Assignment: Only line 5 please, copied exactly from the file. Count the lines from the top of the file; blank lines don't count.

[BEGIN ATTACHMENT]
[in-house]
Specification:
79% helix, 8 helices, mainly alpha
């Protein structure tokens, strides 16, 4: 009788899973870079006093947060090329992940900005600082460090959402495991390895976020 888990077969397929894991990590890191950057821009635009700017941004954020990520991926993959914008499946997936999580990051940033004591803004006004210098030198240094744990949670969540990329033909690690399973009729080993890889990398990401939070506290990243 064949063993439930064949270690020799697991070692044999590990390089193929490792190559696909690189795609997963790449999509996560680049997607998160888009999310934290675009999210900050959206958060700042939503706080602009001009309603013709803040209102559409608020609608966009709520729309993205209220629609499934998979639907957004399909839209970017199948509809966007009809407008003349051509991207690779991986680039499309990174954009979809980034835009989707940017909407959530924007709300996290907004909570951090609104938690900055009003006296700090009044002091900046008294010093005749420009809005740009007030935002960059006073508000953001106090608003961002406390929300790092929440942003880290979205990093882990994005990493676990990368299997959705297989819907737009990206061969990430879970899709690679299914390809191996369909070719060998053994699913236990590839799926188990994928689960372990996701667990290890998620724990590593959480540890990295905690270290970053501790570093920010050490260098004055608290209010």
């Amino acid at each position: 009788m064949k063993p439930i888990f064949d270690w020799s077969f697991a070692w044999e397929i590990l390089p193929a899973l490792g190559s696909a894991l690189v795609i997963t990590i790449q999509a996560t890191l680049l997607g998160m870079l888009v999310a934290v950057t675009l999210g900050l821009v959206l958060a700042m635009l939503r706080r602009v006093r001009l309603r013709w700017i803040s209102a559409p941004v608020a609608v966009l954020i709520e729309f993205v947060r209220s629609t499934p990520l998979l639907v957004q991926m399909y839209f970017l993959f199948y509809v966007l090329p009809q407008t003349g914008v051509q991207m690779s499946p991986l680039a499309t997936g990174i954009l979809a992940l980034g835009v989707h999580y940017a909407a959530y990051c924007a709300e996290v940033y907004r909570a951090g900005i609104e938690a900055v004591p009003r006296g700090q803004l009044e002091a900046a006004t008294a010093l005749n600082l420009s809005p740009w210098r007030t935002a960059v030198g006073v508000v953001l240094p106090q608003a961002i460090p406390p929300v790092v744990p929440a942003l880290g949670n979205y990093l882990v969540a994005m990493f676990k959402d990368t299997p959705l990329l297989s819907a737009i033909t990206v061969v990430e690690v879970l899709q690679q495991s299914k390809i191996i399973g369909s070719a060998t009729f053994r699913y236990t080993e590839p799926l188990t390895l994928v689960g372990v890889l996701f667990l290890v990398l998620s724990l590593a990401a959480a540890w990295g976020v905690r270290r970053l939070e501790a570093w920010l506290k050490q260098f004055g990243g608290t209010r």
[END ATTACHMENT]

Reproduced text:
């Amino acid at each position: 009788m064949k063993p439930i888990f064949d270690w020799s077969f697991a070692w044999e397929i590990l390089p193929a899973l490792g190559s696909a894991l690189v795609i997963t990590i790449q999509a996560t890191l680049l997607g998160m870079l888009v999310a934290v950057t675009l999210g900050l821009v959206l958060a700042m635009l939503r706080r602009v006093r001009l309603r013709w700017i803040s209102a559409p941004v608020a609608v966009l954020i709520e729309f993205v947060r209220s629609t499934p990520l998979l639907v957004q991926m399909y839209f970017l993959f199948y509809v966007l090329p009809q407008t003349g914008v051509q991207m690779s499946p991986l680039a499309t997936g990174i954009l979809a992940l980034g835009v989707h999580y940017a909407a959530y990051c924007a709300e996290v940033y907004r909570a951090g900005i609104e938690a900055v004591p009003r006296g700090q803004l009044e002091a900046a006004t008294a010093l005749n600082l420009s809005p740009w210098r007030t935002a960059v030198g006073v508000v953001l240094p106090q608003a961002i460090p406390p929300v790092v744990p929440a942003l880290g949670n979205y990093l882990v969540a994005m990493f676990k959402d990368t299997p959705l990329l297989s819907a737009i033909t990206v061969v990430e690690v879970l899709q690679q495991s299914k390809i191996i399973g369909s070719a060998t009729f053994r699913y236990t080993e590839p799926l188990t390895l994928v689960g372990v890889l996701f667990l290890v990398l998620s724990l590593a990401a959480a540890w990295g976020v905690r270290r970053l939070e501790a570093w920010l506290k050490q260098f004055g990243g608290t209010r």